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  • Long-Term Evolution of Burkholderia multivorans during a Chronic Cystic Fibrosis Infection Reveals Shifting Forces of Selection

    Inês N. Silva,a Pedro M. Santos,b Mário R. Santos,a James E. A. Zlosnik,c

    David P. Speert,c Sean W. Buskirk,d Eric L. Bruger,e Christopher M. Waters,e

    Vaughn S. Cooper,f Leonilde M. Moreiraa,g

    Institute for Bioengineering and Biosciences, Instituto Superior Técnico, Universidade de Lisboa, Lisbon, Portugala; Centre of Molecular and Environmental Biology, Department of Biology, Universidade do Minho, Braga, Portugalb; Department of Pediatrics, Faculty of Medicine, Centre for Understanding and Preventing Infection in Children, University of British Columbia, Vancouver, Canadac; Department of Molecular, Cellular and Biomedical Sciences, University of New Hampshire, Durham, New Hampshire, USAd; Department of Microbiology and Molecular Genetics, Michigan State University, East Lansing, Michigan, USAe; Department of Microbiology and Molecular Genetics, University of Pittsburgh, Pittsburgh, Pennsylvania, USAf; Department of Bioengineering, Instituto Superior Técnico, Universidade de Lisboa, Lisbon, Portugalg

    ABSTRACT Burkholderia multivorans is an opportunistic pathogen capable of caus- ing severe disease in patients with cystic fibrosis (CF). Patients may be chronically in- fected for years, during which the bacterial population evolves in response to un- known forces. Here we analyze the genomic and functional evolution of a B. multivorans infection that was sequentially sampled from a CF patient over 20 years. The population diversified into at least four primary, coexisting clades with distinct evolutionary dynamics. The average substitution rate was only 2.4 muta- tions/year, but notably, some lineages evolved more slowly, whereas one diversified more rapidly by mostly nonsynonymous mutations. Ten loci, mostly involved in gene expression regulation and lipid metabolism, acquired three or more indepen- dent mutations and define likely targets of selection. Further, a broad range of phe- notypes changed in association with the evolved mutations; they included antimi- crobial resistance, biofilm regulation, and the presentation of lipopolysaccharide O-antigen repeats, which was directly caused by evolved mutations. Additionally, early isolates acquired mutations in genes involved in cyclic di-GMP (c-di-GMP) me- tabolism that associated with increased c-di-GMP intracellular levels. Accordingly, these isolates showed lower motility and increased biofilm formation and adhesion to CFBE41o� epithelial cells than the initial isolate, and each of these phenotypes is an important trait for bacterial persistence. The timing of the emergence of this clade of more adherent genotypes correlated with the period of greatest decline in the patient’s lung function. All together, our observations suggest that selection on B. multivorans populations during long-term colonization of CF patient lungs either directly or indirectly targets adherence, metabolism, and changes in the cell enve- lope related to adaptation to the biofilm lifestyle.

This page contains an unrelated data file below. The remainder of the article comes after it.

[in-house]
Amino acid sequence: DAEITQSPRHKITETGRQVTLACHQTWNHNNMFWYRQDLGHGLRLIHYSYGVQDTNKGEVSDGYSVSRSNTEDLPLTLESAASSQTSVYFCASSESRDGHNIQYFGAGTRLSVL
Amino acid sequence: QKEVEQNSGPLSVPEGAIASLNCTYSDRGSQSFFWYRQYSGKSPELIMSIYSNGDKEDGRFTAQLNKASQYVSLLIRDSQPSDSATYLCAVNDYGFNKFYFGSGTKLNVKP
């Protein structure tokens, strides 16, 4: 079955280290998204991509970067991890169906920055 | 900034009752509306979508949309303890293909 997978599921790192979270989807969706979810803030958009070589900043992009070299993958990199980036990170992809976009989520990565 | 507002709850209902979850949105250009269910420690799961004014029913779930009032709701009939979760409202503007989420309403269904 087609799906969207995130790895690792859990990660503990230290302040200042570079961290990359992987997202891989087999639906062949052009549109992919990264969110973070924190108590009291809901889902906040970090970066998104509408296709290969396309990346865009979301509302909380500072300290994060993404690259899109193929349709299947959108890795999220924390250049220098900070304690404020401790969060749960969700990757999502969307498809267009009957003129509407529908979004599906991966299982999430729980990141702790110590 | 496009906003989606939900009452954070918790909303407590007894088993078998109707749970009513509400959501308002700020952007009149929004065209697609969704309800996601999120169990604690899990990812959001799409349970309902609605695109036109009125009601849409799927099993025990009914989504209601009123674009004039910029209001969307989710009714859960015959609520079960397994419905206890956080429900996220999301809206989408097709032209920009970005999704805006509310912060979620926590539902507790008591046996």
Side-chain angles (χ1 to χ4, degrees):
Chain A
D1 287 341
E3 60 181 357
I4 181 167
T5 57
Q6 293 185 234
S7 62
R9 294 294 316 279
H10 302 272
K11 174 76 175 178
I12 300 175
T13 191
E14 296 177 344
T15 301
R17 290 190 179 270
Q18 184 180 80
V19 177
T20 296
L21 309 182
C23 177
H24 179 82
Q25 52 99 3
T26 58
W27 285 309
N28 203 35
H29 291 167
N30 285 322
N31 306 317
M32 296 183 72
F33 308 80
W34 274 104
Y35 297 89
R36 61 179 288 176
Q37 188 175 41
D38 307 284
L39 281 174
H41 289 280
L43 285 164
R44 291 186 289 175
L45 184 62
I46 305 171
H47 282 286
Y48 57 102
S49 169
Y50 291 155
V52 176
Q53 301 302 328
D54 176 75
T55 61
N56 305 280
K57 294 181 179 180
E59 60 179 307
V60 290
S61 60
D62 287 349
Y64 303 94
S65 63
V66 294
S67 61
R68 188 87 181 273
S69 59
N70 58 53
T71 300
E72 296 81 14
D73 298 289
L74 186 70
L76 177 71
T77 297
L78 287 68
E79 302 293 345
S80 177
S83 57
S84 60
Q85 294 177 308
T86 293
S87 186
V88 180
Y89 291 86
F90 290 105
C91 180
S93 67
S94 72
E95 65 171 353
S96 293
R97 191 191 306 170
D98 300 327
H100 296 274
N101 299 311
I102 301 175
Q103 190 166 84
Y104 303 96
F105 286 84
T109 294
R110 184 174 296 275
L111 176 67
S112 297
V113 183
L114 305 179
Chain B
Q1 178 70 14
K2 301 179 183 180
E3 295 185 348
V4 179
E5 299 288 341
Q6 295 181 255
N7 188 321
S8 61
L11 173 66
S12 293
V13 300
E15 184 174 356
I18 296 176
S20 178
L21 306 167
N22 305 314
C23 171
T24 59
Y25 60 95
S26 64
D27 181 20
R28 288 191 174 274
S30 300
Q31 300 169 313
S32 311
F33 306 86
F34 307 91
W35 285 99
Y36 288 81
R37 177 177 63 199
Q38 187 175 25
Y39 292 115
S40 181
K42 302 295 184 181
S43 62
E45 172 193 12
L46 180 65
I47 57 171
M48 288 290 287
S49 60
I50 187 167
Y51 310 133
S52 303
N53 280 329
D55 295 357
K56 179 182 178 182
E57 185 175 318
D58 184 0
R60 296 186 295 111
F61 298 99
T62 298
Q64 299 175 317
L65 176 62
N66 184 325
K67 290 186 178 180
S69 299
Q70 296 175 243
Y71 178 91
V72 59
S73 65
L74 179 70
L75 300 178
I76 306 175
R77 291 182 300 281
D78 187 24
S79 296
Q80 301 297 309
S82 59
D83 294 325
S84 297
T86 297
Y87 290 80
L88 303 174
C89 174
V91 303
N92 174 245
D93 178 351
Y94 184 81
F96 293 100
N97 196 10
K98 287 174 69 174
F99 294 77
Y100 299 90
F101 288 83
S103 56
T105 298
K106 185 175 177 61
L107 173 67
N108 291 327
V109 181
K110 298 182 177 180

IMPORTANCE Bacteria may become genetically and phenotypically diverse during long-term colonization of cystic fibrosis (CF) patient lungs, yet our understanding of within-host evolutionary processes during these infections is lacking. Here we com- bined current genome sequencing technologies and detailed phenotypic profiling of the opportunistic pathogen Burkholderia multivorans using sequential isolates sam- pled from a CF patient over 20 years. The evolutionary history of these isolates high- lighted bacterial genes and pathways that were likely subject to strong selection within the host and were associated with altered phenotypes, such as biofilm pro-

    Received 9 March 2016 Accepted 25 April 2016 Published 24 May 2016

    Citation Silva IN, Santos PM, Santos MR, Zlosnik JEA, Speert DP, Buskirk SW, Bruger EL, Waters CM, Cooper VS, Moreira LM. 2016. Long-term evolution of Burkholderia multivorans during a chronic cystic fibrosis infection reveals shifting forces of selection. mSystems 1(3):e00029-16. doi:10.1128/mSystems.00029-16.

    Editor Jonathan Eisen, UC Davis Genome Center

    Copyright © 2016 Silva et al. This is an open- access article distributed under the terms of the Creative Commons Attribution 4.0 International license.

    Address correspondence to Leonilde M. Moreira, [email protected], or Vaughn S. Cooper, [email protected]

    RESEARCH ARTICLE Ecological and Evolutionary Science